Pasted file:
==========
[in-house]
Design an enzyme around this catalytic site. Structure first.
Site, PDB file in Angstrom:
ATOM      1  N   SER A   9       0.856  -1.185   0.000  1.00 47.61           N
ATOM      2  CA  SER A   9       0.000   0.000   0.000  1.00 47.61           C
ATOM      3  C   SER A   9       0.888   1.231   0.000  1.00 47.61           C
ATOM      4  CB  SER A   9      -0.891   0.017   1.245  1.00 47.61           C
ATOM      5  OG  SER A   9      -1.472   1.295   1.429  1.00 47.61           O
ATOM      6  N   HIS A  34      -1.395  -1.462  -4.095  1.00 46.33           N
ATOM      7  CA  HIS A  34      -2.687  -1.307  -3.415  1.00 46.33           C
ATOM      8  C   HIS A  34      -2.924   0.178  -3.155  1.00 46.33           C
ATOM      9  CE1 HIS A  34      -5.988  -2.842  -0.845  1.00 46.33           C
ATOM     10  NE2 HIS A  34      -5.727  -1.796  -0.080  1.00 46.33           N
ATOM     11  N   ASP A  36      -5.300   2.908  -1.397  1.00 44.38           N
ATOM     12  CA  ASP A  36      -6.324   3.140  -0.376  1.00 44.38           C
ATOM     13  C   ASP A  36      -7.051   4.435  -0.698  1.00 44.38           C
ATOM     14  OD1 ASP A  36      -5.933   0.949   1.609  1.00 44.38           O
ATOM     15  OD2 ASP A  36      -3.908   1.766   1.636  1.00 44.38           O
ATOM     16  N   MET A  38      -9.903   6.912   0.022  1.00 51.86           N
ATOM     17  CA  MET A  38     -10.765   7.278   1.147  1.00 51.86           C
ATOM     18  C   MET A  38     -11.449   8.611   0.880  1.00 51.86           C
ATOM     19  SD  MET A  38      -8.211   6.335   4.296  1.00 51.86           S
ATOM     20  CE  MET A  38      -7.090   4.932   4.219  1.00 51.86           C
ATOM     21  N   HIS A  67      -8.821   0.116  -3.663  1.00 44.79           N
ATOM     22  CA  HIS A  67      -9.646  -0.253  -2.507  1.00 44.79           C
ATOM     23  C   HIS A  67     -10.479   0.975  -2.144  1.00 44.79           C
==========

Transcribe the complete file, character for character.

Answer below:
[in-house]
Design an enzyme around this catalytic site. Structure first.
Site, PDB file in Angstrom:
ATOM      1  N   SER A   9       0.856  -1.185   0.000  1.00 47.61           N
ATOM      2  CA  SER A   9       0.000   0.000   0.000  1.00 47.61           C
ATOM      3  C   SER A   9       0.888   1.231   0.000  1.00 47.61           C
ATOM      4  CB  SER A   9      -0.891   0.017   1.245  1.00 47.61           C
ATOM      5  OG  SER A   9      -1.472   1.295   1.429  1.00 47.61           O
ATOM      6  N   HIS A  34      -1.395  -1.462  -4.095  1.00 46.33           N
ATOM      7  CA  HIS A  34      -2.687  -1.307  -3.415  1.00 46.33           C
ATOM      8  C   HIS A  34      -2.924   0.178  -3.155  1.00 46.33           C
ATOM      9  CE1 HIS A  34      -5.988  -2.842  -0.845  1.00 46.33           C
ATOM     10  NE2 HIS A  34      -5.727  -1.796  -0.080  1.00 46.33           N
ATOM     11  N   ASP A  36      -5.300   2.908  -1.397  1.00 44.38           N
ATOM     12  CA  ASP A  36      -6.324   3.140  -0.376  1.00 44.38           C
ATOM     13  C   ASP A  36      -7.051   4.435  -0.698  1.00 44.38           C
ATOM     14  OD1 ASP A  36      -5.933   0.949   1.609  1.00 44.38           O
ATOM     15  OD2 ASP A  36      -3.908   1.766   1.636  1.00 44.38           O
ATOM     16  N   MET A  38      -9.903   6.912   0.022  1.00 51.86           N
ATOM     17  CA  MET A  38     -10.765   7.278   1.147  1.00 51.86           C
ATOM     18  C   MET A  38     -11.449   8.611   0.880  1.00 51.86           C
ATOM     19  SD  MET A  38      -8.211   6.335   4.296  1.00 51.86           S
ATOM     20  CE  MET A  38      -7.090   4.932   4.219  1.00 51.86           C
ATOM     21  N   HIS A  67      -8.821   0.116  -3.663  1.00 44.79           N
ATOM     22  CA  HIS A  67      -9.646  -0.253  -2.507  1.00 44.79           C
ATOM     23  C   HIS A  67     -10.479   0.975  -2.144  1.00 44.79           C